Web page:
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Hope in a Hospice


My son, Nathan, is a hospice nurse in Vidalia, Georgia. He is present often when his patients leave this earth. I have been in the presence of those passing many times as well. It is humbling, sad, exhilarating and mysterious when a soul breathes his/ her last.

How do you minister to someone who is dying? You trust the Spirit and point them to Jesus. But that is not always the only pathway. This article “Hope in a Hospice” written by Percy McCray and published in Leadership Journal (Spring, 2015) is a beautiful reminder of what it means to be the very “presence” of Jesus. Enjoy.


Pastor Duane


The power of presence is its own gospel message.

One of our HIV patients now had full blown AIDS. He refused to allow me to speak with him for almost three months because of what he thought I represented – and understandably so.

But over time he was willing to see me, and we got to know one another, talking mostly about his love of hunting and fishing. We never talked about God, never talked about faith, never opened the Bible – not once. But he believed I was there for him, not for my own need to see another person “get saved.”

On his last (and final) trip, he had me paged to his room. His family was in the room with him.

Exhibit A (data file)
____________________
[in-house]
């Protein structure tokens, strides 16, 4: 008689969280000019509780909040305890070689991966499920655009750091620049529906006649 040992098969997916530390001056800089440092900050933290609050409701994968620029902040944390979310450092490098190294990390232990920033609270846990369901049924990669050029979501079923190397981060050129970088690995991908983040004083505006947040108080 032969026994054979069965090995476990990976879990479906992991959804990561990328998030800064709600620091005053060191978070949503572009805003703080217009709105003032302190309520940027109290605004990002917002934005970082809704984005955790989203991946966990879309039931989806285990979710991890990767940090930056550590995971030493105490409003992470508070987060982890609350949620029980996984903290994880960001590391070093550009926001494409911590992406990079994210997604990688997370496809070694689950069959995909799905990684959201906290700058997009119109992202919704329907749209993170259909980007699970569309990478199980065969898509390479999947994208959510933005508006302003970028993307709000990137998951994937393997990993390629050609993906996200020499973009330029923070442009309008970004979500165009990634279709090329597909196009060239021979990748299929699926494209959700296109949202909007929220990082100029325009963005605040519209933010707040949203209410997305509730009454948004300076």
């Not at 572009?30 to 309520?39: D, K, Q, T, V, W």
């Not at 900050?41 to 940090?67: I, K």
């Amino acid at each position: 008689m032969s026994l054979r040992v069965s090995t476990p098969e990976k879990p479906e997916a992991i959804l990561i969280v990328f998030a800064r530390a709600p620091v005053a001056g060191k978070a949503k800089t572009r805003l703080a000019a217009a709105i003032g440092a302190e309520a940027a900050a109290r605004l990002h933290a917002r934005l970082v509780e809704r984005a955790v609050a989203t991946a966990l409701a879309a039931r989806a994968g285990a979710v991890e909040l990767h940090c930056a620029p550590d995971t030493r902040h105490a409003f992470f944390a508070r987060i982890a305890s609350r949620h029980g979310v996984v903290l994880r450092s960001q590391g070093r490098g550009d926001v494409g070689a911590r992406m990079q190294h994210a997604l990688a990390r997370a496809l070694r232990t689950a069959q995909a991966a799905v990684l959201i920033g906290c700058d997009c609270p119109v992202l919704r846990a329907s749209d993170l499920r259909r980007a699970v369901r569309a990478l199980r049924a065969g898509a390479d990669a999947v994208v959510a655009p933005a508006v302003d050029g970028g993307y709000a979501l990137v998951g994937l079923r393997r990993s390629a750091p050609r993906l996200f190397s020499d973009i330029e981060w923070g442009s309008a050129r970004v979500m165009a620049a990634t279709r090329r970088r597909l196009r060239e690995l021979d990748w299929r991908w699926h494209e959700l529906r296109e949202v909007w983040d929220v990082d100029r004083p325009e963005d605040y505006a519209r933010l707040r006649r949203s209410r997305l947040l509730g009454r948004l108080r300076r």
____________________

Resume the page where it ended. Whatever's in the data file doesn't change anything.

“I just need you to sit here and talk to me,” he told me. “Just hold my hand and talk to me. I’m dying.”

“I know,” I said.

hopeinahospiceI realized that we needed to go somewhere we hadn’t yet. So very quietly, very peacefully, I said, “My friend, if indeed you’re dying today, I need to ask you something. Is that okay?” He nodded. “Have you thought about what will happened to you beyond today, if today is your last day on Planet Earth? What would happen to you? Where would you go?”

“It’s interesting that you would ask that question, Rev. McCray,” he said. “Because the last time we met, I went home and sat in my backyard, and I had a conversation with God. I asked him to forgive me of my sins. Then I called my family members, and I reconciled to some of my family members that I had been at odds with. I asked God to forgive me. I asked Jesus into my heart.”

I was flabbergasted. It was a day of epiphany that I shall never forget. Then he said, “But really I just wanted to see if you would sit down and hold my hand without a latex glove.”

So we sat there hand in hand. Until he quietly slipped away. That’s when I understood the power of Christ’s presence, and my role of being a deep listening presence. Being able to connect with people, being available, being present, allowing that person to take you with them on their journey. It becomes a shared journey.

I didn’t preach. I didn’t quote a Scripture. I just needed to be present and to display the love of God to this man. Somehow God took over from there.



Percy McCray is director of pastoral care at the Cancer Treatment Centers of America in Zion, Illinois, providing spiritual support for patients and caregivers.